• spinning cowl
  • 1-800 doit phone sex
  • mind power lottery software
  • fill your boots origin
  • leberkasse
  • escallonia red hedger
  • girl with hair of silver
  • who said if they prick us do we not bleed
  • gali email lottery
  • centimetres conversion itches
  • dress up as a man moustache
  • martin of google british

Till next time…
Happy surfing!

Kay
Editor
British Expat Magazine

Quotation

“Envy is pain at the good fortune of others.”
– Aristotle (384 BCE – 322 BCE) in Rhetoric, Bk II, Chapter 10

Joke

A Rolls-Royce pulls up next to an Austin Maxi at a red light. The driver of the Maxi winds down his window and shouts to the passenger in the back of the Rolls, “Hey, that’s a nice car. Have you got a phone in your Rolls? I’ve got a phone in my Maxi!”

The electric window of the Rolls descends. The Rolls owner looks over and says simply, “Yes, I have a telephone.”

The Maxi driver says, “Brilliant! Have you got a fridge in there too? I’ve got a fridge in the back of my Maxi!”

The Rolls owner, looking annoyed, says, “Yes, I have a refrigerator.”

The Maxi driver says, “Great! Hey, do you have a telly in there as well? I’ve got a telly in the back of my Maxi, you know!”

The Rolls owner, very annoyed by now, says, “Of course I have a television. A Rolls-Royce is the finest luxury car in the world!”

The Maxi driver says, “It’s a lovely car! Have you got a bed in there, too? I’ve got a bed in the back of my Maxi!”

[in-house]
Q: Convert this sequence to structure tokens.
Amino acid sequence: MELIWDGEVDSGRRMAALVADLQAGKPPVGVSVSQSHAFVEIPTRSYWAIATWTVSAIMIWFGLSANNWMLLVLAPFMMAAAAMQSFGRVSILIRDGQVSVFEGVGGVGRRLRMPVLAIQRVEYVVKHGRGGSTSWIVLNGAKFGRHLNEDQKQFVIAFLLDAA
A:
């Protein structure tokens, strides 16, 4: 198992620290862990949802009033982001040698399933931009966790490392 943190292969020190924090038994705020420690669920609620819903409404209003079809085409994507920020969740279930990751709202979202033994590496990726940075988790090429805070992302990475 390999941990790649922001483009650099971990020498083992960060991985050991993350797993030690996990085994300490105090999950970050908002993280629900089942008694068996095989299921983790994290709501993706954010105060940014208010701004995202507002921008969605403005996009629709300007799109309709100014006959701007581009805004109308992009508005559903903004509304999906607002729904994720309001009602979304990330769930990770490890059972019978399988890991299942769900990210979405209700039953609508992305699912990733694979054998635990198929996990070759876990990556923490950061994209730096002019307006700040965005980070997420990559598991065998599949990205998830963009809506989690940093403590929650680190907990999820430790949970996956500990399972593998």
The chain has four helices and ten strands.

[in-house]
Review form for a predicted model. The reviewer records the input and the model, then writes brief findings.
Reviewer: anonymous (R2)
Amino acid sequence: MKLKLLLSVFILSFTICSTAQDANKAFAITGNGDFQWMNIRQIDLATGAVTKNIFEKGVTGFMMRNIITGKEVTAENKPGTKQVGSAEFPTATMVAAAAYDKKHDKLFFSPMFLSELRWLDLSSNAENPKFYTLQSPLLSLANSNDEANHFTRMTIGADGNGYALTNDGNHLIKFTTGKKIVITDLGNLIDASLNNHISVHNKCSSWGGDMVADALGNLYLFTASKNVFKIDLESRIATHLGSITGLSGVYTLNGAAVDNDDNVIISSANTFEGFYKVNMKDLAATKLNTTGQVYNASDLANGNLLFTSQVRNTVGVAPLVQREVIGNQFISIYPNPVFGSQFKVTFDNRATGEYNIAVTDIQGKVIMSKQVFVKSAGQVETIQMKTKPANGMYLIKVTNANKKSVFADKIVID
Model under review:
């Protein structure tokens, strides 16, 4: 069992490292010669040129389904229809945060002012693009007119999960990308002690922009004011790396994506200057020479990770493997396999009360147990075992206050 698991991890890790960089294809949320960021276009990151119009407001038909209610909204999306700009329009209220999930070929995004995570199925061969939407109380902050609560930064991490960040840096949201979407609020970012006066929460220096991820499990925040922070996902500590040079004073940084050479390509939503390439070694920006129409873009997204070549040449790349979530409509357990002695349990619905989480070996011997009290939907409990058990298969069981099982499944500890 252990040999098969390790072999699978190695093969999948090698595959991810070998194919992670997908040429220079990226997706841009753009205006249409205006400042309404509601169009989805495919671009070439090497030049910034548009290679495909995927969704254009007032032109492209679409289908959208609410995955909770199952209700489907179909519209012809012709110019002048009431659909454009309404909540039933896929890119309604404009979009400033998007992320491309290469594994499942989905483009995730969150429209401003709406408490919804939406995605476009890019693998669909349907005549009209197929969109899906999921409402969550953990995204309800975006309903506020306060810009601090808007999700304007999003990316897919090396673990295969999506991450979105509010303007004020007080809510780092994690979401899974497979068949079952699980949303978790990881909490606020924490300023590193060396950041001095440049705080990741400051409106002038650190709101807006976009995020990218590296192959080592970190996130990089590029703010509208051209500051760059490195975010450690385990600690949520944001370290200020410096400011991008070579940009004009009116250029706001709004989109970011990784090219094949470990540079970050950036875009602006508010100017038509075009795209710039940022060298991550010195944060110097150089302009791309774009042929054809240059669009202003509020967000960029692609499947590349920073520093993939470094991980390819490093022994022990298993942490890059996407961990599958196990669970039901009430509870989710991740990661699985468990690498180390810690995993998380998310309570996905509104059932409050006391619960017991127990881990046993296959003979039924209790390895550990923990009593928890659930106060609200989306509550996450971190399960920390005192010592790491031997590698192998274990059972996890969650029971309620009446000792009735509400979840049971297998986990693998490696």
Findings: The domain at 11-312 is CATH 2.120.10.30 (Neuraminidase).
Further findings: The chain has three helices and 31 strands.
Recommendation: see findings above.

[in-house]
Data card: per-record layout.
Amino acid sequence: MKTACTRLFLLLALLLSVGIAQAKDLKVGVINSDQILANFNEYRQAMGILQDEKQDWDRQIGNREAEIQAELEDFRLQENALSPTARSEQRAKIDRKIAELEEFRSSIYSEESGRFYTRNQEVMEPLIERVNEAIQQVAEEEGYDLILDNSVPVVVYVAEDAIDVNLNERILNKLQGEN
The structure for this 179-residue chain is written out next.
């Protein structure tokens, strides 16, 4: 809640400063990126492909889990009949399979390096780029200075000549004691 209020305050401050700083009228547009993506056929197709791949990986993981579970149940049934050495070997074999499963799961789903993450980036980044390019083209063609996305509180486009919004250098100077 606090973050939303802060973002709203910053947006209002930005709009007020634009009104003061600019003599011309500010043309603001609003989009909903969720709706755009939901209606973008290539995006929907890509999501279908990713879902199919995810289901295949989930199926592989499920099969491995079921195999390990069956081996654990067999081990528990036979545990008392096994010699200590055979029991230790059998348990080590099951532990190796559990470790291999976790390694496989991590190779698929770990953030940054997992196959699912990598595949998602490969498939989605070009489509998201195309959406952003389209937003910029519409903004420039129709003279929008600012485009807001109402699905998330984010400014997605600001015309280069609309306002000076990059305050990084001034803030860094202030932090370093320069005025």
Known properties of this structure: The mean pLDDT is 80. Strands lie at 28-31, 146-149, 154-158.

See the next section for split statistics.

Upset that he doesn’t have a bed, the Rolls owner orders his chauffeur to take him straight to the dealership, where he promptly orders that a bed be installed in the back of the Rolls. The next morning, the chauffeur picks up the car, and the bed looks superb, complete with silk sheets and brass trim. It’s clearly a bed fit for a Rolls-Royce.

So the Rolls owner begins searching for the Maxi. After searching all day and half the night, he finally finds the Maxi parked, with all the windows fogged up on the inside.

The owner of the Rolls-Royce gets out of his magnificent vehicle and knocks on the window of the Maxi. No answer. He knocks and knocks, and eventually the owner of the Maxi sticks his head out, soaking wet. “I now have a bed in the back of my Rolls-Royce,” the Rolls owner says smugly.

The Maxi owner looks at him in disbelief and says, “You got me out of the shower for that?”

PG Author: Kay McMahon

Kay has been an expat for nearly 30 years. She set up the British Expat website back in early 2000, whilst living in London and missing the expat life. These days she spends much of her time lugging computers and cameras around the world. (Dave gets to deal with all the really heavy stuff.)